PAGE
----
Buses are the lifeblood of communities. We will give them the focus they deserve

Louise Haigh
© David Woolfall/CC BY 3.0

Whilst rail dominates the world of transport – in budget, column inches and industrial strife – the quiet crisis that millions are dealing with is the near-total collapse of our local bus services. Millions of people use the bus at least once a week, twice as many as those who catch trains, with almost three billion bus journeys made in 2022. Buses are the lifeblood of local communities – indispensable for connecting people to jobs, opportunities, education, public services and friends and family. And they disproportionately serve the more deprived in our society; half of the poorest fifth of families do not own a car.

In the teeth of a cost-of-living and climate crisis, any sensible government would be doing everything within its power to encourage people onto public transport and ensure buses are affordable, accessible and reliable. Indeed, the Conservatives promised they would “not only stop the decline” in bus services but “reverse it”.

Instead, they’ve done the opposite. Since 2012, thousands of services have been lost – with more than 1,000 scrapped in the last year alone. Each one of these represents more people cut off from their loved ones, from the ability to get a better job or further their education. Lost connections like these hold back our economic growth, worsen our community life and deepen our productivity problem.

That’s why the Labour Party are putting buses at the heart of our transport plan. Decades of failed deregulation have left communities with little say over the essential services they rely on. It has handed operators enormous power to raise fares and slash routes and, in many cases, cut communities off altogether. We are one of the only countries in the developed world that gives operators such power.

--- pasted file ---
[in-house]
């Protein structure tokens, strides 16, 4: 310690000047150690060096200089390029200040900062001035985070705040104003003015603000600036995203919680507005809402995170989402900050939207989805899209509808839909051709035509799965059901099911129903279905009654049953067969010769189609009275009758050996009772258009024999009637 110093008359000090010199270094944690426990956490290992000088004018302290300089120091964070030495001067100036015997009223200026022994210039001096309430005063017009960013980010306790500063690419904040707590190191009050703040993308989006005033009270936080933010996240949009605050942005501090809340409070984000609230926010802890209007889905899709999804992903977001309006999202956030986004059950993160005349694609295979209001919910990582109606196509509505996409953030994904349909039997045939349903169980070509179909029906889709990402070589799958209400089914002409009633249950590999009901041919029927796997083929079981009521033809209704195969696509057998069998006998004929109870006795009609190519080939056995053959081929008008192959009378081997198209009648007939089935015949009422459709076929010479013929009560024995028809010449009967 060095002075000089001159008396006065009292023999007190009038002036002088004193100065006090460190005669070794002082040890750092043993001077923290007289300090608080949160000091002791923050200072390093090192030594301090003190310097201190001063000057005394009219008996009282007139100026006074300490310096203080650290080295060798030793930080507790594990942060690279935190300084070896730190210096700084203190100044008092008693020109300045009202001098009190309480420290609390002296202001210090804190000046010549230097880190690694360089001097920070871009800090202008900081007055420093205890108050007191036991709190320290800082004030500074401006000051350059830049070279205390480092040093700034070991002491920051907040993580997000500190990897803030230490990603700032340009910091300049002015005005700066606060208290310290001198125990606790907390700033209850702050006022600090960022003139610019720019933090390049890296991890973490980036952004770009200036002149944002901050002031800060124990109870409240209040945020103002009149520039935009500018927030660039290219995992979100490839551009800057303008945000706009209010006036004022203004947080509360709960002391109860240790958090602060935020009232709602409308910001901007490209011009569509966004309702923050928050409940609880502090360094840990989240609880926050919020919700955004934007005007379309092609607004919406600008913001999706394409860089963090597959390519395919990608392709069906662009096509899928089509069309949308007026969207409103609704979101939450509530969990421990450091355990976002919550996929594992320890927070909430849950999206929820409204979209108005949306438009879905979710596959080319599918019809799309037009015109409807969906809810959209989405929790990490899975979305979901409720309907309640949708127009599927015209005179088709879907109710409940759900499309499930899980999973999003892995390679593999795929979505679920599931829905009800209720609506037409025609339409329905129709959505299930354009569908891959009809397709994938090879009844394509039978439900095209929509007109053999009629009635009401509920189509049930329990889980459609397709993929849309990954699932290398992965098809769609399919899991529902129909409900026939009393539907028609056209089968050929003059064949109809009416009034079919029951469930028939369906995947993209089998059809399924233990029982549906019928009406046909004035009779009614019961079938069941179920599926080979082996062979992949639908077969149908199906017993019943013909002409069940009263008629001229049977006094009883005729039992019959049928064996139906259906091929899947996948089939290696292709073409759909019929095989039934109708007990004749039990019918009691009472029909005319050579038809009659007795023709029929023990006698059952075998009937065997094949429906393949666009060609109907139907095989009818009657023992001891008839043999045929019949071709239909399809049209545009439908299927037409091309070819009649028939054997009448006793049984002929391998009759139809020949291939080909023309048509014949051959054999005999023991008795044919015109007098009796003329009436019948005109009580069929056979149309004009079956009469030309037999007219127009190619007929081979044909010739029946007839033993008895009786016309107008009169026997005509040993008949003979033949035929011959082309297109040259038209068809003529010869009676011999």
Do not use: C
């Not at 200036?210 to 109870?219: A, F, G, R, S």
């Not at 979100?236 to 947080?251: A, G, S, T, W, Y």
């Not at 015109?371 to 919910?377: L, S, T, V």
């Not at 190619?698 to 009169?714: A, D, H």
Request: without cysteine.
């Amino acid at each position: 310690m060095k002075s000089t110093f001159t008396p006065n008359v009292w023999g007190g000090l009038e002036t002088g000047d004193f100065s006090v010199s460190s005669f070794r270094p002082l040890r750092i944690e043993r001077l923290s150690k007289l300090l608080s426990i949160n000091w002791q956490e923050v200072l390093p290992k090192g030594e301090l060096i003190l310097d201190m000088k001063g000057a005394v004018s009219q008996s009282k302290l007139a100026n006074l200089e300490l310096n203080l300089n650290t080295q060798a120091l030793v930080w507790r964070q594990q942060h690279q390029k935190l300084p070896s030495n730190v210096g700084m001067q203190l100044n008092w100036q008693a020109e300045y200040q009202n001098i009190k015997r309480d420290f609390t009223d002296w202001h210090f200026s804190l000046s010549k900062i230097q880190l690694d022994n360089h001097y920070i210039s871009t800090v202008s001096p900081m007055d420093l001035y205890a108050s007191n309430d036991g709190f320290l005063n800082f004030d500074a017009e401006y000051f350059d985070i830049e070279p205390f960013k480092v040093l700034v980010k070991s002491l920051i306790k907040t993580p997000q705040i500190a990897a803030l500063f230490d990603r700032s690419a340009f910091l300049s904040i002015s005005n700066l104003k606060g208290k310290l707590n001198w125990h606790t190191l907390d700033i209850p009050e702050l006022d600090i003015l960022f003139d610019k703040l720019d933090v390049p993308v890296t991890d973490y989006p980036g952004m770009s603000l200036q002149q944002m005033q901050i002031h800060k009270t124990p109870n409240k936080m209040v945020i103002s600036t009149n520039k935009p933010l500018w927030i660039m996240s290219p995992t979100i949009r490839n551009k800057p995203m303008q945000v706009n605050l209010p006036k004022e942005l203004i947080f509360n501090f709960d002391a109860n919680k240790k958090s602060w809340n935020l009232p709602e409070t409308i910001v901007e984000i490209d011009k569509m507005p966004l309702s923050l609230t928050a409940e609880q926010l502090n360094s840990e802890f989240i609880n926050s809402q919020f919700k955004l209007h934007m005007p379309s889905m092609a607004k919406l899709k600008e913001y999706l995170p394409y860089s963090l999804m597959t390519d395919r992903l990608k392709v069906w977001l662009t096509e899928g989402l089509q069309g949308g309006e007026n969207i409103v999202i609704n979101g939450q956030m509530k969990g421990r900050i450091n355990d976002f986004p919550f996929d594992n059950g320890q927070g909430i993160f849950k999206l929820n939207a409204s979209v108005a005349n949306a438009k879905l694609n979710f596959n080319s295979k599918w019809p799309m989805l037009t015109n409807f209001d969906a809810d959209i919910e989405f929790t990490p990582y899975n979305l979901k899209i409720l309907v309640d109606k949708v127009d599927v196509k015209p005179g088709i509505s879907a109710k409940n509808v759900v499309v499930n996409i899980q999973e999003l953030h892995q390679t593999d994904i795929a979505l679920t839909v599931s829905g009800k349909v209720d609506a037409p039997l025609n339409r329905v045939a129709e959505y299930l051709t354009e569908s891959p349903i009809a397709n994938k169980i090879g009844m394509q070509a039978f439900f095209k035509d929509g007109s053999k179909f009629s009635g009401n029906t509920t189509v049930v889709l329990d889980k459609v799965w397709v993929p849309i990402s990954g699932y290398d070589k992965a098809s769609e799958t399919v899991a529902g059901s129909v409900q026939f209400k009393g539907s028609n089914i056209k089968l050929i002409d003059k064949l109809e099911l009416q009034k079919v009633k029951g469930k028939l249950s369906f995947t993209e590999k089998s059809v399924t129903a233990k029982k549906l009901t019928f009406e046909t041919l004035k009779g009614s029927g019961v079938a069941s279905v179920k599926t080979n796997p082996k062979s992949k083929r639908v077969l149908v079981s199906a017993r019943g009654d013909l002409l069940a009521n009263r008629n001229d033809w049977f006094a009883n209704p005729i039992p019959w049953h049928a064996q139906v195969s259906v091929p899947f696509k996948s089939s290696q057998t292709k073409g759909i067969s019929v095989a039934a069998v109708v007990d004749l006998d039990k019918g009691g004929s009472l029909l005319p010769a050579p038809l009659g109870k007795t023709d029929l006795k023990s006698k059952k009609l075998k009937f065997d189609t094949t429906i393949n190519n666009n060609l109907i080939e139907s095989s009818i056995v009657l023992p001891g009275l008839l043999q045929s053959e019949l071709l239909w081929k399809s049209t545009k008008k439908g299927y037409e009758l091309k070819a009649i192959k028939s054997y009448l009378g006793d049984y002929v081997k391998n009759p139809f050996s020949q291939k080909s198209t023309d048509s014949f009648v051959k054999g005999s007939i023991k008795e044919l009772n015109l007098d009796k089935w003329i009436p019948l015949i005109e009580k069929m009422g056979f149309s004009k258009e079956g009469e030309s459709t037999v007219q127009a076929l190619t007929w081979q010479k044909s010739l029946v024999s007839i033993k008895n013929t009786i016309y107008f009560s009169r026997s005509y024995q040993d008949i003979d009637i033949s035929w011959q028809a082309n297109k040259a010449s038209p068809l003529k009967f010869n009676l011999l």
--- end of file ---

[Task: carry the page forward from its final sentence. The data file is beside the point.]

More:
And the Conservatives’ answer to the failing status quo has been more of the same. They are content to stand in the way of much-needed bus reform and instead simply manage decline. They use short-term sticking plasters to paper over the cracks at the same time services are in freefall.

The next Labour government will end this broken system. As I announced at conference, one of our first acts will be to extend power and public control of local bus services to every area of England that wants it, and we’ll do this through the Take Back Control Act. We’ll also make it simpler for communities to take back control: under the Conservatives’ failing system, it can take years for local authorities (the few that have been permitted to do so) to take control over the services they depend on, leaving them mired in costly legal challenges. We’ll remove the unnecessary hurdles that allow operators to stand in the way of change so that public money can be spent where it matters – on delivering a better public transport network for all.

For years, communities have demanded we fix our broken buses. Labour will do it. We are already seeing the fantastic work done by Labour mayors up and down the UK when they have been given the power to make decisions in their communities, for their communities. Many have lowered fares and have plans to deliver London-style networks in their communities.

We want every part of England to have that power and for it not to take years to get there. And, as I announced at conference, we’ll go further still by lifting the ban on municipal bus ownership, allowing local leaders and communities to take control for themselves, building on the success of Nottingham, which has one of the most used bus networks in the country.

A future Labour government will finally give buses the priority they deserve, which reflects their importance to communities. We will put the interests of passengers and the community first, fix our broken bus networks and provide people with the affordable, accessible and reliable public transport they deserve.

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